Conservation team’s appeal to help protect rare corncrakes
- Credit: Archant
A conservation team based in the Wensum Valley is encouraging members of the public to help gauge the success of a breed and release programme by listening out for a distinct bird cry.
Corncrakes have one of the bird world’s most distinctive cries and by keeping a record of the numbers of detected birds, the conservation team at Pensthorpe Natural Park, near Fakenham, are hoping to track how many have survived the winter and migration.
Each year they make an 8,000-mile migratory round trip to the Democratic Republic of Congo, where they spend the winter and then return to the UK at the end of April and into May.
They were once widespread across the UK but have been in decline and numbers have now reached their lowest point since 2003. The reason for the fall in numbers is due to numerous factors, including habitat destruction on the wintering grounds, hunting on migration routes and changes in agricultural schemes.
To combat this the Pensthorpe Conservation Trust, which is based at Pensthorpe Natural Park, has spearheaded a breed and release programme and last year 154 corncrakes were hatched and reared by the team.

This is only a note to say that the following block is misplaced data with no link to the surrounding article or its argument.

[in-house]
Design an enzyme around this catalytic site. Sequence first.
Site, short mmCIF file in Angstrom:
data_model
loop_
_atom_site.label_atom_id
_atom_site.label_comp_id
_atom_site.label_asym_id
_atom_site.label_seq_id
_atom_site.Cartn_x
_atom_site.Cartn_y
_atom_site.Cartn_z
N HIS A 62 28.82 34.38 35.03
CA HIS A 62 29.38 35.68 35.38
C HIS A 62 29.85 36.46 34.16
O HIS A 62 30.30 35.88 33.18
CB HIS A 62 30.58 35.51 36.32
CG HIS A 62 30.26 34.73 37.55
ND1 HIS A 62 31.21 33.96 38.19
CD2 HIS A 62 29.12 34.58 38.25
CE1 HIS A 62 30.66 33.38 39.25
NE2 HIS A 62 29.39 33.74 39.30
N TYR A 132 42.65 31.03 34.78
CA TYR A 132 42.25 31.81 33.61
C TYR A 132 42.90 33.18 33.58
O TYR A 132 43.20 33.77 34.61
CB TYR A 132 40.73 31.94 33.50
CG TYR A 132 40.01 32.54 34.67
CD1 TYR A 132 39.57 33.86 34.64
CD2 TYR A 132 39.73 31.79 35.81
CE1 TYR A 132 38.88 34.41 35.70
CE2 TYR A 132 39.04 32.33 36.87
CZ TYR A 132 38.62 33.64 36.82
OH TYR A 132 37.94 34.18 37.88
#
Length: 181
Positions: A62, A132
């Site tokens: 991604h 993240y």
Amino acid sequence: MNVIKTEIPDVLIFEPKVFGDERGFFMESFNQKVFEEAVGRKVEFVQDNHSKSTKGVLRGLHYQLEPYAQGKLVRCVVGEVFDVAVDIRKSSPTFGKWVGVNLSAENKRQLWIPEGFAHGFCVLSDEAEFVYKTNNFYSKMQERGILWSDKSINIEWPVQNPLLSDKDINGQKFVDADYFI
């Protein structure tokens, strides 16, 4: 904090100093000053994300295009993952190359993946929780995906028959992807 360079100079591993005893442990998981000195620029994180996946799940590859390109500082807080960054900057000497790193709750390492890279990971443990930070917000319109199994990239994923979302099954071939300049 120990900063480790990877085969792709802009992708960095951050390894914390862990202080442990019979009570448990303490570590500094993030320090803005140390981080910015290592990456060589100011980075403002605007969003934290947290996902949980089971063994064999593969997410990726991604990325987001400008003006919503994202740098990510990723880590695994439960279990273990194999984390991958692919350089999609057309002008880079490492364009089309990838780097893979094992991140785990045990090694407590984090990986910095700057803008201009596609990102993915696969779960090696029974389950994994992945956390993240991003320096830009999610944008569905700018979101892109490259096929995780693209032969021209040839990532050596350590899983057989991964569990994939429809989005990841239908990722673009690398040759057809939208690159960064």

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The birds were released from a location within the Wensum Valley in the summer of 2017 and it is hoped that 15 to 20pc of them will return to the area in spring, ready for the breeding season.
Pensthorpe’s head of species management, Chrissie Kelley, said: “These fascinating, rare, farmland birds are seriously under threat so we are appealing for help from local birding groups and the general public to listen out for the distinct rasping cry of the corncrake.
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“We can only start to understand the success of our efforts by determining the numbers of returning birds. Of the 69 birds we released in 2016, four males were known to have returned, but we suspect numbers were higher. We hope by engaging support we will gain a clear understanding of return success.”
Generally, corncrakes prefer grassland including wet and dry meadows, and tall crops. They also live at close quarters to humans.